This always strikes me as a very interesting question. It presupposes that the goal of the death penalty is and always has been the deterrence of further or future crime. If this is not and has not...

Latest answer posted October 7, 2012 9:48 pm UTC

7 educator answers

Criminal Law

What is the significance of the court case United States v. Leon?

The case of the United States v. Leon involves the 4th amendment, particularly what is known as the "exclusionary rule." The question under consideration was whether evidence collected when...

Latest answer posted September 29, 2012 1:50 pm UTC

1 educator answer

Criminal Law

What are the constitutional provisions that identification procedures can violate?

The main provision of the Constitution that can be violated by procedures used by the police to identify suspects is the guarantee of due process. The due process clauses of the 5th and 14th...

Latest answer posted September 18, 2012 1:43 pm UTC

1 educator answer

Criminal Law

What are two types of remedies that can be used against government wrongdoing in the area of criminal law?

Two major types of remedies against government wrongdoing in this area are the exclusionary rule and civil suits alleging torts. If the police or prosecutors act in illegal ways towards a person,...

Latest answer posted September 20, 2012 4:08 pm UTC

1 educator answer

Criminal Law

What is the  significance of the Bivens v. Six Unknown Unnamed Agents case?

Bivens v. Six Unknown Named Agents was a case in which federal agents searched a man’s house without a warrant, establishing that a person may sue the federal government if his rights are...

Latest answer posted April 28, 2013 4:51 am UTC

1 educator answer

Criminal Law

What are some characteristics the courts use to determine the voluntariness of consent to a search?

There are a number of characteristics or factors that a court will look at when determining if a suspect voluntarily consented to a search. They include: Whether the person was in custody at the...

Latest answer posted September 9, 2012 5:56 am UTC

1 educator answer

Criminal Law

What are the main arguments regarding the practice of videotaping interrogations of suspects by police officers?

The major argument in favor of videotaping police interrogations is that it would remove doubts about the admissibility of statements made by the suspect. Often, defendants in court claim that...

Latest answer posted September 17, 2012 1:43 pm UTC

1 educator answer

Criminal Law

 What is the significance of the case of Maryland v. Wilson?

This case was significant in that it helped to define what the police may and may not do in terms of searching cars and passengers during traffic stops. In this case, Wilson was a passenger in a...

Latest answer posted September 18, 2012 1:25 pm UTC

1 educator answer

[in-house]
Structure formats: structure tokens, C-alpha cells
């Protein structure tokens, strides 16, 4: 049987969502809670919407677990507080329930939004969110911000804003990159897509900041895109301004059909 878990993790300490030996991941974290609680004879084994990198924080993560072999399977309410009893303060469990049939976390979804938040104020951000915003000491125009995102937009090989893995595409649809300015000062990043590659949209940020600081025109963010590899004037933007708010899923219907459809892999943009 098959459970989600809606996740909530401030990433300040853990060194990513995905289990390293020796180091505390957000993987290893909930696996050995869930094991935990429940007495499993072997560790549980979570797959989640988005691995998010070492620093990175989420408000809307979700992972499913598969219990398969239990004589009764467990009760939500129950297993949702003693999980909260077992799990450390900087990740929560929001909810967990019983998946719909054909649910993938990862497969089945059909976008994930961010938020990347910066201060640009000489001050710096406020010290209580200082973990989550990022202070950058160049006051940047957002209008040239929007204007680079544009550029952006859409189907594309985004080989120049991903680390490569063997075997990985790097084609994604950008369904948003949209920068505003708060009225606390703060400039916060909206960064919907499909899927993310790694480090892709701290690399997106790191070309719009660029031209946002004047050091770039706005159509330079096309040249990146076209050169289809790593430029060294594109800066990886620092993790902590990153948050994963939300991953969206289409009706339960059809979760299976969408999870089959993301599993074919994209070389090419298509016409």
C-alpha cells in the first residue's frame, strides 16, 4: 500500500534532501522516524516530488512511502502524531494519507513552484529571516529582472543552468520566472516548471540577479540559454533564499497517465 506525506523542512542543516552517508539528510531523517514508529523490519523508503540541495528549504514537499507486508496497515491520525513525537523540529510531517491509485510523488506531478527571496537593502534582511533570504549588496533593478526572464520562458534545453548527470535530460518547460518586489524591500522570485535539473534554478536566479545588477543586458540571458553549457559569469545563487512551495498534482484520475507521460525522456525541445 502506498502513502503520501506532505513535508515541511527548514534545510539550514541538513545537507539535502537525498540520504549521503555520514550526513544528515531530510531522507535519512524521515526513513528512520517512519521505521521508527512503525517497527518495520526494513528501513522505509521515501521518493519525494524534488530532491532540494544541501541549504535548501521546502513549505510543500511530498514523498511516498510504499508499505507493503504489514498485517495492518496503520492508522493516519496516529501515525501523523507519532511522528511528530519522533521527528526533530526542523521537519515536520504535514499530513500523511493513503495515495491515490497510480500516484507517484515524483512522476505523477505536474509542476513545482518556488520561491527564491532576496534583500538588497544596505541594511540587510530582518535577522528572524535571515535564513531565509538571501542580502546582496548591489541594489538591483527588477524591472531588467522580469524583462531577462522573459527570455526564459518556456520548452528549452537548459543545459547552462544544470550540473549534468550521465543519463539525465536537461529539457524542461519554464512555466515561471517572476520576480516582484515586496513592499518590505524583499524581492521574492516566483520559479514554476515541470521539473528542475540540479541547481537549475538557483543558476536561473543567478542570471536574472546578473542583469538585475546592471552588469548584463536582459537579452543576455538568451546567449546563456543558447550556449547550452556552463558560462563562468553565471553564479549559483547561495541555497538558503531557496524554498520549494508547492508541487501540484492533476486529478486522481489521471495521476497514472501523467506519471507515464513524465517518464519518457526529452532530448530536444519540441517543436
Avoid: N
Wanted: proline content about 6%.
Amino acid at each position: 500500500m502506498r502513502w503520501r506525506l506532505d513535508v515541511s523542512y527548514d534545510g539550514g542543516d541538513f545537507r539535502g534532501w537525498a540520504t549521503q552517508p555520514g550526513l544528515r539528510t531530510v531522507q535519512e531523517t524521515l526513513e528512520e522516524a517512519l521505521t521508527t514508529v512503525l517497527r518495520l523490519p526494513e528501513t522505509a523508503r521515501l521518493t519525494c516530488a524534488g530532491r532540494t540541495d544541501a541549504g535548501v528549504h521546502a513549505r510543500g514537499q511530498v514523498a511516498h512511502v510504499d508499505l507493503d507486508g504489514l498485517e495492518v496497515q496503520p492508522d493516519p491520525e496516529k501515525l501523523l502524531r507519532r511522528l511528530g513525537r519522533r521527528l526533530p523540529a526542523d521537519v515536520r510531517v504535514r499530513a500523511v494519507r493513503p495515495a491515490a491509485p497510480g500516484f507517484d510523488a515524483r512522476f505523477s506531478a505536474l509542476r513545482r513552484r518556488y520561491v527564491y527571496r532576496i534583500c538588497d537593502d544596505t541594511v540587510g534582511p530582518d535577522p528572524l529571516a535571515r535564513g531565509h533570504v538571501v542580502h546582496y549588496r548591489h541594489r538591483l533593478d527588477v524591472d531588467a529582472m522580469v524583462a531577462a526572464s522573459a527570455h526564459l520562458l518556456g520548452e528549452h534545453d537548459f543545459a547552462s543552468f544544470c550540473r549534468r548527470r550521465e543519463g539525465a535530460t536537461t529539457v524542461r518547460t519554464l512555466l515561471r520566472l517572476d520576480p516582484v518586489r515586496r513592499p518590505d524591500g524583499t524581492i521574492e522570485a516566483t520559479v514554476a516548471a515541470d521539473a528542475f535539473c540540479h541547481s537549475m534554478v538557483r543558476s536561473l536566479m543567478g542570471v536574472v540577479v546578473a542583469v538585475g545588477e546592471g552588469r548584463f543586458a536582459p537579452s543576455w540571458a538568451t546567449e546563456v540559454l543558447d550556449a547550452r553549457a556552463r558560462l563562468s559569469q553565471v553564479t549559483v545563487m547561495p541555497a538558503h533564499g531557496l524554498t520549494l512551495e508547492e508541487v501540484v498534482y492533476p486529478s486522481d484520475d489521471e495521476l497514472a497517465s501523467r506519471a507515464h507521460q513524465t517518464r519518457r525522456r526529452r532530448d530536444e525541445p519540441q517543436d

Criminal Law

What is  the definition of probable cause?

Probable cause is the level of proof that is needed before a warrant can be issued for an arrest or a search. Probable cause can be defined as facts or evidence that would be sufficient to...

Latest answer posted September 7, 2012 5:12 pm UTC

1 educator answer

Criminal Law

Why do officers need to obtain warrants to arrest a suspect in a home?

Police officers need to obtain a warrant to arrest anyone (in a home or not) unless they have probable cause to arrest them on the spot. For example, if an officer sees a crime committed they do...

Latest answer posted September 7, 2012 5:07 pm UTC

1 educator answer

Criminal Law

What are the major exceptions to the warrant requirements approved by the U.S. Supreme Court?

There are a number of major exceptions to the requirement that officers need a warrant to search and seize one's possessions or to arrest a person. These exceptions include: Consent. If a person...

Latest answer posted September 7, 2012 5:19 pm UTC

1 educator answer

Criminal Law

Contrast the definition of probable cause with that of reasonable suspicion.

Probable cause is needed in order for a police officer to obtain a search warrant or to arrest someone. Reasonable suspicion is needed if the officer only wishes to detain someone briefly to...

Latest answer posted September 5, 2012 1:38 pm UTC

1 educator answer

Criminal Law

In the following scenario, what should the husband be charged with? A husband  bought a knife with the intent to kill...

As a casual non-leagal observer, it seems to me that the husband shouldn't, and couldn't, be charged with anything. It would be very difficult to prove intent, unless he told the clerk who sold him...

Latest answer posted January 12, 2013 12:26 pm UTC

1 educator answer

Criminal Law

What is the U.S. Constitution provision dealing with the issue of "habeas corpus," and how has it been applied to...

Article 1, Section 9 of the U.S. Constitution reads as follows: "The Privilege of the Writ of Habeas Corpus shall not be suspended, unless when in Cases of Rebellion or Invasion the public Safety...

Latest answer posted June 17, 2013 12:49 am UTC

1 educator answer

Criminal Law

Should the death penalty continue to be enacted? Most Americans continue to support the death penalty, but those...

I am against the death penalty because it is irreversible. The justice system is not flawless. We make all kinds of mistakes. We need to be able to trust in our justice system. Until we can...